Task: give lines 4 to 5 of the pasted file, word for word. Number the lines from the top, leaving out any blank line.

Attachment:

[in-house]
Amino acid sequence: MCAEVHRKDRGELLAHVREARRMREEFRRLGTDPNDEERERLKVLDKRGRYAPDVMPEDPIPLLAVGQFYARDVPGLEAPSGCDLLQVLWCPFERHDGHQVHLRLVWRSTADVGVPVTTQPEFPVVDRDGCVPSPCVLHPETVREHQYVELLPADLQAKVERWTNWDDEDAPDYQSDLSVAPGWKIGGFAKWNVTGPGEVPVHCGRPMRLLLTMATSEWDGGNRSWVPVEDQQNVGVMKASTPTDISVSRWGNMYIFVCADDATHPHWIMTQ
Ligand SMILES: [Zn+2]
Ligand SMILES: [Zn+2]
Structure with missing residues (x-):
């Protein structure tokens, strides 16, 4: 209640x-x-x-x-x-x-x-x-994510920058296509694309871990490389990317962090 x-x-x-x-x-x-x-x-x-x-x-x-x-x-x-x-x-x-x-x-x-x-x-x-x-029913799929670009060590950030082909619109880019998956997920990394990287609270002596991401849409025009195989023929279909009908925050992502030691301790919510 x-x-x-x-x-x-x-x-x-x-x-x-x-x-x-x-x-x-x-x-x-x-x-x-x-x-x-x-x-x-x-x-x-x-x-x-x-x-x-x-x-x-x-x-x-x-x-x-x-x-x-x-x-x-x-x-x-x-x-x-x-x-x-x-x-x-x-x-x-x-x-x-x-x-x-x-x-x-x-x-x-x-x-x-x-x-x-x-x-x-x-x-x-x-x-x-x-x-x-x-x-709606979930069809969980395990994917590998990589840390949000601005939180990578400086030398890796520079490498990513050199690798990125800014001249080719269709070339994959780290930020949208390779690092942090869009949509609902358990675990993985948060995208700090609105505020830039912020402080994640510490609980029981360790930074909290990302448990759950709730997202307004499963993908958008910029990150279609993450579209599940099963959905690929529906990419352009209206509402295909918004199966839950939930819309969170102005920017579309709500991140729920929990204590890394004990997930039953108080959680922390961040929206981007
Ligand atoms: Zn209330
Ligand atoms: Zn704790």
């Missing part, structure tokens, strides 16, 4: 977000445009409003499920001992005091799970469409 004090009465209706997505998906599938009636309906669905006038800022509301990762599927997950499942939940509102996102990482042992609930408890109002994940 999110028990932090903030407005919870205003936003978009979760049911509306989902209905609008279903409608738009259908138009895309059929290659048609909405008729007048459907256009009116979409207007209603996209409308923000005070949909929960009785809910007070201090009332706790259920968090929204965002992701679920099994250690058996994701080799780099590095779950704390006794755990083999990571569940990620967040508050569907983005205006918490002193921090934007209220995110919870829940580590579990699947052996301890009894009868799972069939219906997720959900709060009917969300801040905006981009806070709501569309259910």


Ligand SMILES: [Zn+2]
Structure with missing residues (x-):